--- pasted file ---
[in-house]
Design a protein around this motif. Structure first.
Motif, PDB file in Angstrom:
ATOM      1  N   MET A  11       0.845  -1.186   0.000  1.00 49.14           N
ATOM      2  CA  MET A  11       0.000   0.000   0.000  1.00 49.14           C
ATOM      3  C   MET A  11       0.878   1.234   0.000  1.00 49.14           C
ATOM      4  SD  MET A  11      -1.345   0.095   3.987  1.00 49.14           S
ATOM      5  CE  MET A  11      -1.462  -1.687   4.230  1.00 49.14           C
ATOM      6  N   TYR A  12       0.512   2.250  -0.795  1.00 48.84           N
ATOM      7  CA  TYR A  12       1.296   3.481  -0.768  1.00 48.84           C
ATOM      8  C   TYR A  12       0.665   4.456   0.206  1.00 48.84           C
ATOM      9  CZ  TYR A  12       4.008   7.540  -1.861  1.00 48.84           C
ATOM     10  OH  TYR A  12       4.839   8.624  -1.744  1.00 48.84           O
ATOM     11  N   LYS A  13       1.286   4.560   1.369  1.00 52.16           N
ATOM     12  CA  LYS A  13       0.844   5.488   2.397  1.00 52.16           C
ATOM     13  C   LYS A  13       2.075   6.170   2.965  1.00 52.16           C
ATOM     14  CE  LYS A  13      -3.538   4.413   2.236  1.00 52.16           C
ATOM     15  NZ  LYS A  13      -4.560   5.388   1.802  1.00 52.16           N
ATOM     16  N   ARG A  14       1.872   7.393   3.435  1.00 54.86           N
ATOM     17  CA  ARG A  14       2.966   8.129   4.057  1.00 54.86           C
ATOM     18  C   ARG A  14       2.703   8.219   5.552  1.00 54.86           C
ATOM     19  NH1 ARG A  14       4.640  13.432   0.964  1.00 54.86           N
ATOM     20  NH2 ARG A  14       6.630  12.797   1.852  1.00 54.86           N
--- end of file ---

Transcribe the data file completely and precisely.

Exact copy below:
[in-house]
Design a protein around this motif. Structure first.
Motif, PDB file in Angstrom:
ATOM      1  N   MET A  11       0.845  -1.186   0.000  1.00 49.14           N
ATOM      2  CA  MET A  11       0.000   0.000   0.000  1.00 49.14           C
ATOM      3  C   MET A  11       0.878   1.234   0.000  1.00 49.14           C
ATOM      4  SD  MET A  11      -1.345   0.095   3.987  1.00 49.14           S
ATOM      5  CE  MET A  11      -1.462  -1.687   4.230  1.00 49.14           C
ATOM      6  N   TYR A  12       0.512   2.250  -0.795  1.00 48.84           N
ATOM      7  CA  TYR A  12       1.296   3.481  -0.768  1.00 48.84           C
ATOM      8  C   TYR A  12       0.665   4.456   0.206  1.00 48.84           C
ATOM      9  CZ  TYR A  12       4.008   7.540  -1.861  1.00 48.84           C
ATOM     10  OH  TYR A  12       4.839   8.624  -1.744  1.00 48.84           O
ATOM     11  N   LYS A  13       1.286   4.560   1.369  1.00 52.16           N
ATOM     12  CA  LYS A  13       0.844   5.488   2.397  1.00 52.16           C
ATOM     13  C   LYS A  13       2.075   6.170   2.965  1.00 52.16           C
ATOM     14  CE  LYS A  13      -3.538   4.413   2.236  1.00 52.16           C
ATOM     15  NZ  LYS A  13      -4.560   5.388   1.802  1.00 52.16           N
ATOM     16  N   ARG A  14       1.872   7.393   3.435  1.00 54.86           N
ATOM     17  CA  ARG A  14       2.966   8.129   4.057  1.00 54.86           C
ATOM     18  C   ARG A  14       2.703   8.219   5.552  1.00 54.86           C
ATOM     19  NH1 ARG A  14       4.640  13.432   0.964  1.00 54.86           N
ATOM     20  NH2 ARG A  14       6.630  12.797   1.852  1.00 54.86           N